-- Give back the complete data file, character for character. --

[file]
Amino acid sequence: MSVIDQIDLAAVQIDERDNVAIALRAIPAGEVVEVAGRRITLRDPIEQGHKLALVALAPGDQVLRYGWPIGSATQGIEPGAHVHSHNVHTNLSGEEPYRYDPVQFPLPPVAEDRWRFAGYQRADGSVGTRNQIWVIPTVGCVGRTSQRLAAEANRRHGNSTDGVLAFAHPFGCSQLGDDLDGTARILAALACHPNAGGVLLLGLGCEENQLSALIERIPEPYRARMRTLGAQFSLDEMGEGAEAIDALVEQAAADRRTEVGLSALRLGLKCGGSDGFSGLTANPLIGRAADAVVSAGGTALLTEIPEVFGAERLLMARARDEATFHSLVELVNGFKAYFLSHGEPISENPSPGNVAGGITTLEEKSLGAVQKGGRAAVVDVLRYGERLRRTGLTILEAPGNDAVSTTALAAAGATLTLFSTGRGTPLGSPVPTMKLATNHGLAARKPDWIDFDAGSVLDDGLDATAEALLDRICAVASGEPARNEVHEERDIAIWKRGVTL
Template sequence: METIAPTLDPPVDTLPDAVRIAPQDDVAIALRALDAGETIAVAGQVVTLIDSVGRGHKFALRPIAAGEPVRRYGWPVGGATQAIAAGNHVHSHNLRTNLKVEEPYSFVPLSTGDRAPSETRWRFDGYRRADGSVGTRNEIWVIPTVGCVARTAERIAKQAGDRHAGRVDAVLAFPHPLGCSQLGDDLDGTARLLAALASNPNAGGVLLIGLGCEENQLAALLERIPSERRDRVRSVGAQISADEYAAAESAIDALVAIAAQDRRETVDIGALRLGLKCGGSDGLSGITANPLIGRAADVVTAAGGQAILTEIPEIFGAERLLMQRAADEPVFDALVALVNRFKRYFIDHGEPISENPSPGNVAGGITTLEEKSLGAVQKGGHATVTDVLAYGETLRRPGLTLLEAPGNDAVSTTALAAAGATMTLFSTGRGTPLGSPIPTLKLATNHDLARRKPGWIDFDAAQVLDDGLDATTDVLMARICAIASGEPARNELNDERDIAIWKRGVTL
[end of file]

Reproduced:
Amino acid sequence: MSVIDQIDLAAVQIDERDNVAIALRAIPAGEVVEVAGRRITLRDPIEQGHKLALVALAPGDQVLRYGWPIGSATQGIEPGAHVHSHNVHTNLSGEEPYRYDPVQFPLPPVAEDRWRFAGYQRADGSVGTRNQIWVIPTVGCVGRTSQRLAAEANRRHGNSTDGVLAFAHPFGCSQLGDDLDGTARILAALACHPNAGGVLLLGLGCEENQLSALIERIPEPYRARMRTLGAQFSLDEMGEGAEAIDALVEQAAADRRTEVGLSALRLGLKCGGSDGFSGLTANPLIGRAADAVVSAGGTALLTEIPEVFGAERLLMARARDEATFHSLVELVNGFKAYFLSHGEPISENPSPGNVAGGITTLEEKSLGAVQKGGRAAVVDVLRYGERLRRTGLTILEAPGNDAVSTTALAAAGATLTLFSTGRGTPLGSPVPTMKLATNHGLAARKPDWIDFDAGSVLDDGLDATAEALLDRICAVASGEPARNEVHEERDIAIWKRGVTL
Template sequence: METIAPTLDPPVDTLPDAVRIAPQDDVAIALRALDAGETIAVAGQVVTLIDSVGRGHKFALRPIAAGEPVRRYGWPVGGATQAIAAGNHVHSHNLRTNLKVEEPYSFVPLSTGDRAPSETRWRFDGYRRADGSVGTRNEIWVIPTVGCVARTAERIAKQAGDRHAGRVDAVLAFPHPLGCSQLGDDLDGTARLLAALASNPNAGGVLLIGLGCEENQLAALLERIPSERRDRVRSVGAQISADEYAAAESAIDALVAIAAQDRRETVDIGALRLGLKCGGSDGLSGITANPLIGRAADVVTAAGGQAILTEIPEIFGAERLLMQRAADEPVFDALVALVNRFKRYFIDHGEPISENPSPGNVAGGITTLEEKSLGAVQKGGHATVTDVLAYGETLRRPGLTLLEAPGNDAVSTTALAAAGATMTLFSTGRGTPLGSPIPTLKLATNHDLARRKPGWIDFDAAQVLDDGLDATTDVLMARICAIASGEPARNELNDERDIAIWKRGVTL